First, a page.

Last Saturday morning, Renisha McBride, a black woman, got into an accident in a very white neighborhood. At around 2:30am, she knocked on a man’s door to ask for help since her cell phone battery was dead. Upon receiving no answer, she turned to walk away at which point she was shot in the back of the head.
Absurd, grotesque, horrifying, infuriating and enraging, all of it.
Stand your ground, as it is commonly referred to in our lexicon, implies that the user of the phrase is invoking a situation where an initial aggressor doesn’t have a duty to de-escalate or walk away from the situation and, instead, is permitted to use deadly force.
It’s all hogwash. Stand your ground laws (which I do not like)1, empower citizens engaged in lawful activity outside of the home to repel deadly force with deadly force2. It does remove the duty to retreat in a public place, but only in certain circumstances.
Stand your ground laws do not apply to a person inside his own home. Almost every state in the country has no requirement that a person try and “retreat” inside his own home or to another location when attacked in that safe place.3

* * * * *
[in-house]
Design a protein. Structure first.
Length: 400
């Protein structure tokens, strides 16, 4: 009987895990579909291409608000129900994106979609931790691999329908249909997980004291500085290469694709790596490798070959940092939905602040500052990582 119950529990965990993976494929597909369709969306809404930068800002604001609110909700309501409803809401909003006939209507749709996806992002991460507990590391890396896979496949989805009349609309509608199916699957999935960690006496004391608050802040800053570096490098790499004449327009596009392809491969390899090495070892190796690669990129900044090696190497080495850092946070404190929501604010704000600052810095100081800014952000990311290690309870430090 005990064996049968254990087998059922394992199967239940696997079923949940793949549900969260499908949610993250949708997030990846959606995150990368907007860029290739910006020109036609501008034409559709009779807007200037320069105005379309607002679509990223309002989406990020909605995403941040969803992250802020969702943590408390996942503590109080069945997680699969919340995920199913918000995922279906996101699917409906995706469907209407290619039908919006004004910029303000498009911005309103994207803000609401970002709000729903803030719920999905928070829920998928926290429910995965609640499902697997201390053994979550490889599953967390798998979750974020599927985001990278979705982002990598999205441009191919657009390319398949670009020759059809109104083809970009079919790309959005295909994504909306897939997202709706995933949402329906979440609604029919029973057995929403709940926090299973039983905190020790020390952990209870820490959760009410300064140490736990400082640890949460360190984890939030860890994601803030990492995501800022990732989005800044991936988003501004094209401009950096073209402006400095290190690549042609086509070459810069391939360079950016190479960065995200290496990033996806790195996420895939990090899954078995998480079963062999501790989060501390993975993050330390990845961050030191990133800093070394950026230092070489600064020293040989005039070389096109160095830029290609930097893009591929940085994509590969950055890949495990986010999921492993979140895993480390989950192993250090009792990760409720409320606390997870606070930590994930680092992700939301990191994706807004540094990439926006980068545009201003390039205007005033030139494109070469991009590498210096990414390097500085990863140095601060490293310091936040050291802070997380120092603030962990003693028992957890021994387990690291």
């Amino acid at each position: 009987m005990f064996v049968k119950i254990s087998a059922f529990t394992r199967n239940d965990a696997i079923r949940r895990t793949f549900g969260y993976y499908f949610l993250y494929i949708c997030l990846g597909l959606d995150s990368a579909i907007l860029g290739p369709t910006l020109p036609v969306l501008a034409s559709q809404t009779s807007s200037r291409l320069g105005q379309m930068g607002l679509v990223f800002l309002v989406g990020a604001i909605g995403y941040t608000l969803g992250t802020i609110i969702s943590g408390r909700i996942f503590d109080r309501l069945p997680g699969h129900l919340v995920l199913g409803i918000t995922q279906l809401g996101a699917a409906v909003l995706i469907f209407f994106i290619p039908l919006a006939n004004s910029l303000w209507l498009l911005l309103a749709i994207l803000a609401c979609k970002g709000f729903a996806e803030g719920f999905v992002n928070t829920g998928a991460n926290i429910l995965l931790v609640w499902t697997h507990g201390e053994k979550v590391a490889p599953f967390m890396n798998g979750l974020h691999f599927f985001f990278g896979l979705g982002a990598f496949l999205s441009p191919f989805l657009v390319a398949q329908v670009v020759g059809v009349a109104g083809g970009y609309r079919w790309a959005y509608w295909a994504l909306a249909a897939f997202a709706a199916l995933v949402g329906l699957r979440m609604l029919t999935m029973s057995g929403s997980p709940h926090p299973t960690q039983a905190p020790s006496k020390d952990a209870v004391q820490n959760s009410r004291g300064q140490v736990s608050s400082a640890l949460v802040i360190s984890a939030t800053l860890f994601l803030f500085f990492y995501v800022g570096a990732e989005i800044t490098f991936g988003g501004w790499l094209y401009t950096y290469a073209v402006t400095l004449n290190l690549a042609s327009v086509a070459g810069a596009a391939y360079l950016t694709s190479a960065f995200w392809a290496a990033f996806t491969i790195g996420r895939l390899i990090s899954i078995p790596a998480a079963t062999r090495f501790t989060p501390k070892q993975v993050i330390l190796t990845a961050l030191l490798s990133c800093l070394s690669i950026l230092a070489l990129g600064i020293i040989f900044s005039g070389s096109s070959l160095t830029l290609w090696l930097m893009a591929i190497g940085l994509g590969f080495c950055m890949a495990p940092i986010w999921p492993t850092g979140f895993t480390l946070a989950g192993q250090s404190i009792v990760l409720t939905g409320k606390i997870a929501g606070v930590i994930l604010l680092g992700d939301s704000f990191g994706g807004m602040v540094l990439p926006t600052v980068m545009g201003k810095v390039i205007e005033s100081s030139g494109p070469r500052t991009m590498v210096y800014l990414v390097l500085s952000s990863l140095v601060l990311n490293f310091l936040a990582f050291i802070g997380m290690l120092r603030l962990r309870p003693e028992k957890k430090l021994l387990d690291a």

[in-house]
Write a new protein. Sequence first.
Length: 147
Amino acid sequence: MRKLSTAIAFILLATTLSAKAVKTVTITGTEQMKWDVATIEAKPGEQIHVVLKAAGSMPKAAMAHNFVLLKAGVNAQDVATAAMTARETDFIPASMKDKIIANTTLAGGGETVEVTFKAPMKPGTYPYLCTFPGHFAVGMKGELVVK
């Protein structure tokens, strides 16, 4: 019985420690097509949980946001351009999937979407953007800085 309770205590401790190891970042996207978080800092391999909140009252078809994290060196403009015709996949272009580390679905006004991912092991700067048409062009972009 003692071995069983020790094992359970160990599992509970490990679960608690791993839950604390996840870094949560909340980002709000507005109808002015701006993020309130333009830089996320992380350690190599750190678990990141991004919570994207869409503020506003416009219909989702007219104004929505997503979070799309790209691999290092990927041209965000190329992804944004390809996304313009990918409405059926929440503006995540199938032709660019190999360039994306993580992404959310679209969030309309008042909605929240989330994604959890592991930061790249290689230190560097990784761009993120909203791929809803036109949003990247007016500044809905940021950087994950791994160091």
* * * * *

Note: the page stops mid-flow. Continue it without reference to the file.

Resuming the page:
What the law doesn’t allow, of course, is a license to shoot and kill, without legal consequence, a person who happens to be knocking on your door or standing on your porch or even – in some circumstances – entering your home.
We call that murder4.
Your home is not an independent foreign country and every visitor an enemy incursion that you must repel with ballistic force. This is not Petoria.
Whatever this individual did will per force have to be viewed in a subjective and objective lens. What did he perceive and was that perception rational?
It seems to me, without knowing anything about anything5 that a man shot a woman for no reason. In most states, it is either murder or manslaughter.
What it most certainly is not, is a free pass under Stand Your Ground laws.
But don’t ask me, I’m just a lawyer.
- And see Texas, where you know, Texas. ↩
- I also don’t like guns, but I like logic more. ↩
- It does get more complicated after that, though, with deadly force being allowed to repel imminent deadly force in some states and not others, and defense of third persons and property and so on. ↩
- Or manslaughter, but, you know. ↩
- A disclaimer you will be hard-pressed to find in most media coverage about this case. ↩